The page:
The command format for mounting a file system is as follows:

$ sudo ./juicefs mount NAME-OF-JUICEFS /jfs

Please replace the NAME-OF-JUICEFS with the actual file system name.

When mounting a file system for the first time, the client will interactively ask you for a series of information. For example, to mount the file system quick to the /jfs directory, the client will ask for the Token of the file system, and the Access Key ID and Access Key Secret required to access the object storage API, respectively.

$ sudo ./juicefs mount quick /jfs
Token for quick: 4bc1xxxxxxxxx9591dec66
Access key ID for oss://juicefs-quick: LTxxxxxxxxxxxxVWL
Access key secret for oss://juicefs-quick: Xl7DpxxxxxxxxxxxxxxxDMhfUUa
OK, quick is ready at /jfs.

Only the secret key information such as Token is required when mounting the filesystem for the first time, after successful mounting, the secret key information will be stored in the configuration file in the $HOME/.juicefs directory. You don't need to provide them again when you mount it again, the client will read them from the configuration file automatically. The Token for the file system can be found in the official console, and the API access key for the object store can be obtained from refer to this document.

Please make sure that the Object Storage API access key has the permission to create and read/write Bucket.

After mounted, the client will run as a daemon in the background and all logs will be logged to syslog (Facility: LOG_USER).

Remember the Keys

For cases where the configuration needs to be automated by a third-party program, the relevant key information can be provided by means of command-line arguments.

sudo ./juicefs auth --token TOKEN --accesskey ACCESSKEY --secretkey SECRETKEY NAME

Alternatively, a JSON configuration file can be created directly to $HOME/.juicefs/NAME.conf, with information such as:

{"token": TOKEN, "accesskey": ACCESSKEY, "secretkey": SECRETKEY}

Auto-mount on boot


Rename and copy the cloud service client to the /sbin directory of the host:

sudo cp ./juicefs /sbin/mount.juicefs

Edit the /etc/fstab configuration file and add the following entry on a new line, replacing NAME-OF-JUICEFS with the name of your actual file system and /jfs with the actual mount point you want to use.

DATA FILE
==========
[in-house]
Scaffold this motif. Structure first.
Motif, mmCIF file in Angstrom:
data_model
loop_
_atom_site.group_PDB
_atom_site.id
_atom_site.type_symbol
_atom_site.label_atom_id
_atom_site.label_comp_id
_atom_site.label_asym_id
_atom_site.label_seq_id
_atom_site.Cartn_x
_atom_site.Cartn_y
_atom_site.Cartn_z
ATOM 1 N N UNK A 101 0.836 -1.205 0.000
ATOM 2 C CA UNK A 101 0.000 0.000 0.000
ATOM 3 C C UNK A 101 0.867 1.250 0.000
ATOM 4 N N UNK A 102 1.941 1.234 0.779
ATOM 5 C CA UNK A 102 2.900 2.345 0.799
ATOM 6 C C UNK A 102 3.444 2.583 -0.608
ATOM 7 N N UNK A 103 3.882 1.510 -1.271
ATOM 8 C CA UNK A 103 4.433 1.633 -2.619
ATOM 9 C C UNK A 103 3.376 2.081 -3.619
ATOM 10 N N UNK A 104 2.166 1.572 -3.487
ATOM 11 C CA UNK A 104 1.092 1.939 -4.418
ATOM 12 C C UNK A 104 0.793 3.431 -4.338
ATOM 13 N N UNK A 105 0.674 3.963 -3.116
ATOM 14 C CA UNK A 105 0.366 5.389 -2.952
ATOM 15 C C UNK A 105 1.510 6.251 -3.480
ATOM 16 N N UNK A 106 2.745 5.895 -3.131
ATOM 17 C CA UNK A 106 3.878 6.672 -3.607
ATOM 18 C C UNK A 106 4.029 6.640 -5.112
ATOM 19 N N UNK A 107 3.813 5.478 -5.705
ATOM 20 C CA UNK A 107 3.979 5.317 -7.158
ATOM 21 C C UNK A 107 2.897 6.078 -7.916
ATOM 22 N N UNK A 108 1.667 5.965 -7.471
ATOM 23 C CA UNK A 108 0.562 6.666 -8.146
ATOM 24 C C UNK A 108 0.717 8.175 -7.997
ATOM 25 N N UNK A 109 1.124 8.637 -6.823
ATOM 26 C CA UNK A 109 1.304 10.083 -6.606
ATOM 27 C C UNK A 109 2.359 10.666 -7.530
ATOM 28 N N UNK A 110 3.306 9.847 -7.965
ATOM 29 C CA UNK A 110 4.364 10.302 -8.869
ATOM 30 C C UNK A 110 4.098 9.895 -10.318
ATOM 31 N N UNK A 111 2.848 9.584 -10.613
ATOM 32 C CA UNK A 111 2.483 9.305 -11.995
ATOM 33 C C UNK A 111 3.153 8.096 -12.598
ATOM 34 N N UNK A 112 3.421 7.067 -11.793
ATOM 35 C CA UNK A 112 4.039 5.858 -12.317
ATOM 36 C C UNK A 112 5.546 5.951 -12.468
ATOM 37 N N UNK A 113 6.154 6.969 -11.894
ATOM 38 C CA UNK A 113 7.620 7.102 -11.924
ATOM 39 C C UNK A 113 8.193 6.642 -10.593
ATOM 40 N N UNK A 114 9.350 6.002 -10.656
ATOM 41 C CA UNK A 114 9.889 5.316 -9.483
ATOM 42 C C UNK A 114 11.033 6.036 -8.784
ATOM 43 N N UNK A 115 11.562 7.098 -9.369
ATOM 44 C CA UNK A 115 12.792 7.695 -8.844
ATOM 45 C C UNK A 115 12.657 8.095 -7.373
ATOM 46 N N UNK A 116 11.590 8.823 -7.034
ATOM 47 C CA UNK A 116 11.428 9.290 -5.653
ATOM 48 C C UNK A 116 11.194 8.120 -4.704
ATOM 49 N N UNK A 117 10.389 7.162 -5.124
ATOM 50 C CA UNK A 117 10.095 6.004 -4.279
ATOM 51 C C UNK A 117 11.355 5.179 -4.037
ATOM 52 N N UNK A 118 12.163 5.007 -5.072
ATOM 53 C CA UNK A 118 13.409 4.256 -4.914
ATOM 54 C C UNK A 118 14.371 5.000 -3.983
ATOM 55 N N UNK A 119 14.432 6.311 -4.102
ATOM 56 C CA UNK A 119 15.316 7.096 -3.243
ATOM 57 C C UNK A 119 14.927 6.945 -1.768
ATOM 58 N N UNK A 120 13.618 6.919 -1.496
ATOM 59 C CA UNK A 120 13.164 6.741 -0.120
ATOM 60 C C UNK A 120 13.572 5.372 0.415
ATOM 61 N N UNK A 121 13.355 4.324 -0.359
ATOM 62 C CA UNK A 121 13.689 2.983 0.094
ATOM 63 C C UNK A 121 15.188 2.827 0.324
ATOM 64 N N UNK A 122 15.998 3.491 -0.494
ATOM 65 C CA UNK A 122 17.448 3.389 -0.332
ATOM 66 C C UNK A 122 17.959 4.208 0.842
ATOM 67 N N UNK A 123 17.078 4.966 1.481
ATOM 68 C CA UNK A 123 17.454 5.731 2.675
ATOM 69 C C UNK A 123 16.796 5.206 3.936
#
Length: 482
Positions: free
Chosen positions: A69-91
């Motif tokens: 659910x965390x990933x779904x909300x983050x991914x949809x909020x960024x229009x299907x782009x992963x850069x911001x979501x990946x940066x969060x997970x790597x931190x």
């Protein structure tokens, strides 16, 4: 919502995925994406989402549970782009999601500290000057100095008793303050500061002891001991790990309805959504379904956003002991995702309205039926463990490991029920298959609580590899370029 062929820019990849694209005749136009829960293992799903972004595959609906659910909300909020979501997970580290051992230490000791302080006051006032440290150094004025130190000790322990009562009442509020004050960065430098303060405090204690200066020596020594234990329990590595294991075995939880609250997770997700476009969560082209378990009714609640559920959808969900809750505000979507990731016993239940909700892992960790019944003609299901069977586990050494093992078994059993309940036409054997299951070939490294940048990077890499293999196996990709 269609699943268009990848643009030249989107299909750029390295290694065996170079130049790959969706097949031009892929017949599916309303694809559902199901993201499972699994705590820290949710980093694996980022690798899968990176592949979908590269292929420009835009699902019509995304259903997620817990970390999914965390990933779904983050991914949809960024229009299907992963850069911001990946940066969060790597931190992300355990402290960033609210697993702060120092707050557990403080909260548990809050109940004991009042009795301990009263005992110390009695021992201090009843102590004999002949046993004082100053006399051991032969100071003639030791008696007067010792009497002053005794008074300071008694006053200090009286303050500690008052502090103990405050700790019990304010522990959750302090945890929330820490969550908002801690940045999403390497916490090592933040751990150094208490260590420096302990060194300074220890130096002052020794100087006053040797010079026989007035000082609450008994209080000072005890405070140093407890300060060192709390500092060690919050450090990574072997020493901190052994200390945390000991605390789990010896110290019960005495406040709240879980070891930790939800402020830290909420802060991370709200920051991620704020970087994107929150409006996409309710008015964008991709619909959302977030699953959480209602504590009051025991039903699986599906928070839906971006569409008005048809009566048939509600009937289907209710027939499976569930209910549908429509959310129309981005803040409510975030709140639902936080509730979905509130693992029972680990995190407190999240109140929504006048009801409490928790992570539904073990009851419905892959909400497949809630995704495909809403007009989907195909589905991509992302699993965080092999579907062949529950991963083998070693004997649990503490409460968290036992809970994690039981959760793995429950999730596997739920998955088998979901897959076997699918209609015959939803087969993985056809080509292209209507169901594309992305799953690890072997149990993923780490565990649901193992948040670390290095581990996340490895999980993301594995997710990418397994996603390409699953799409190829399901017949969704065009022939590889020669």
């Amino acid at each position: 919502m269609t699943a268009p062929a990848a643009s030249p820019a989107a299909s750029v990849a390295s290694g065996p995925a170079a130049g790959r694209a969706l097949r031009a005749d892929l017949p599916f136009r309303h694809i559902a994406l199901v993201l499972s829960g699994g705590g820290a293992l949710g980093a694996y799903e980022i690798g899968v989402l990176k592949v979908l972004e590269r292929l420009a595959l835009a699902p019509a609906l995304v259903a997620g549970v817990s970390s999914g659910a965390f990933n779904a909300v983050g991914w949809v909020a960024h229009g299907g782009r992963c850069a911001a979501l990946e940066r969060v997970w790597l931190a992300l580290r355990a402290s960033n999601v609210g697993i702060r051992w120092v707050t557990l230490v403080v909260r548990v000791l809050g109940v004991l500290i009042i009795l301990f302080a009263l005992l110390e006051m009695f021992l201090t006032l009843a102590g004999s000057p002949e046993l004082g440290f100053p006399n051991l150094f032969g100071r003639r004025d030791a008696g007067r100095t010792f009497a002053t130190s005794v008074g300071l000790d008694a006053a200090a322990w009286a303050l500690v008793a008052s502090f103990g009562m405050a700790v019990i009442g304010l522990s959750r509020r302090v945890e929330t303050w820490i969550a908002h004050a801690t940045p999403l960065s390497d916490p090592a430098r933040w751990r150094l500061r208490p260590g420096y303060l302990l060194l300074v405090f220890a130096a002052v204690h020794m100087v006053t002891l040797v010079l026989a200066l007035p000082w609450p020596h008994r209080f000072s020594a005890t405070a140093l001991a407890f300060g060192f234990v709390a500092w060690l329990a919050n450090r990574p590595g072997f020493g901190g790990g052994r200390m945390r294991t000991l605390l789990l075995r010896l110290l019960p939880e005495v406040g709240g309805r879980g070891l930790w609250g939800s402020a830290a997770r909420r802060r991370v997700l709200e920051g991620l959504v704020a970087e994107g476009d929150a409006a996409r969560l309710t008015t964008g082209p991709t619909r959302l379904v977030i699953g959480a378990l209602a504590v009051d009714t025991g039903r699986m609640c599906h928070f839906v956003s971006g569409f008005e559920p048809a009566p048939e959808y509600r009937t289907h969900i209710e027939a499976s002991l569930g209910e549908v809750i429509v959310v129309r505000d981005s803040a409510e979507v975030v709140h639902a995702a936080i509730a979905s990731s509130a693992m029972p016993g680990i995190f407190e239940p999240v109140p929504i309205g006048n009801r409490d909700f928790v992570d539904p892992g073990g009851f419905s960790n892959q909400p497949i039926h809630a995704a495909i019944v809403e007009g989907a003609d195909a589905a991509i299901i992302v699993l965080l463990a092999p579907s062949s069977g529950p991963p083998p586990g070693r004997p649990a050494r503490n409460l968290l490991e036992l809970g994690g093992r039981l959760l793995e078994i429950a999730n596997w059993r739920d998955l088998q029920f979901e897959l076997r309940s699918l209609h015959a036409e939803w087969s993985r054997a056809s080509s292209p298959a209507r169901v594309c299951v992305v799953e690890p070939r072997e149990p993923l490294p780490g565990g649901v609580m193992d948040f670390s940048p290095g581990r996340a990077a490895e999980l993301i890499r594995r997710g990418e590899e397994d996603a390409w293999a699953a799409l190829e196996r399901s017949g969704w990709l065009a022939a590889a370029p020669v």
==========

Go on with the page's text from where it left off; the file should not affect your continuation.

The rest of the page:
NAME-OF-JUICEFS   /jfs     juicefs    _netdev   0 0

CentOS 6 does not automatically mount the network filesystem at boot time by default, you need to run the following command to enable automatic mounting.

sudo chkconfig --add netfs


Please replace the following with the actual information.

  • NAME the file system name
  • PATH_TO_JUICEFS Path to the client (e.g. /usr/local/bin/juicefs)
  • MOUNTPOINT Mount Points (e.g. /mnt/myjfs)
  1. Refer to unmount_filesystem to ensure that no filesystem is mounted on the target mount point.

  2. Refer to remember_key to save the authorization information to a local file

  3. Create the file com.juicefs.NAME.plist under ~/Library/LaunchAgents.

    <?xml version="1.0" encoding="UTF-8"?>
    <!DOCTYPE plist PUBLIC "-//Apple Computer//DTD PLIST 1.0//EN" "">
    <plist version="1.0">
  4. Load the file created in the previous step, and test if the load is successful.

    launchctl load ~/Library/LaunchAgents/com.juicefs.NAME.plist
    launchctl start ~/Library/LaunchAgents/com.juicefs.NAME
  5. If the mount is not successful, the following configuration can be added to the plist file above.


    Reload the updated configuration and view the output with the following command:

    launchctl unload ~/Library/LaunchAgents/com.juicefs.NAME.plist
    launchctl load ~/Library/LaunchAgents/com.juicefs.NAME.plist
    cat /tmp/mycommand.out
    cat /tmp/mycommand.err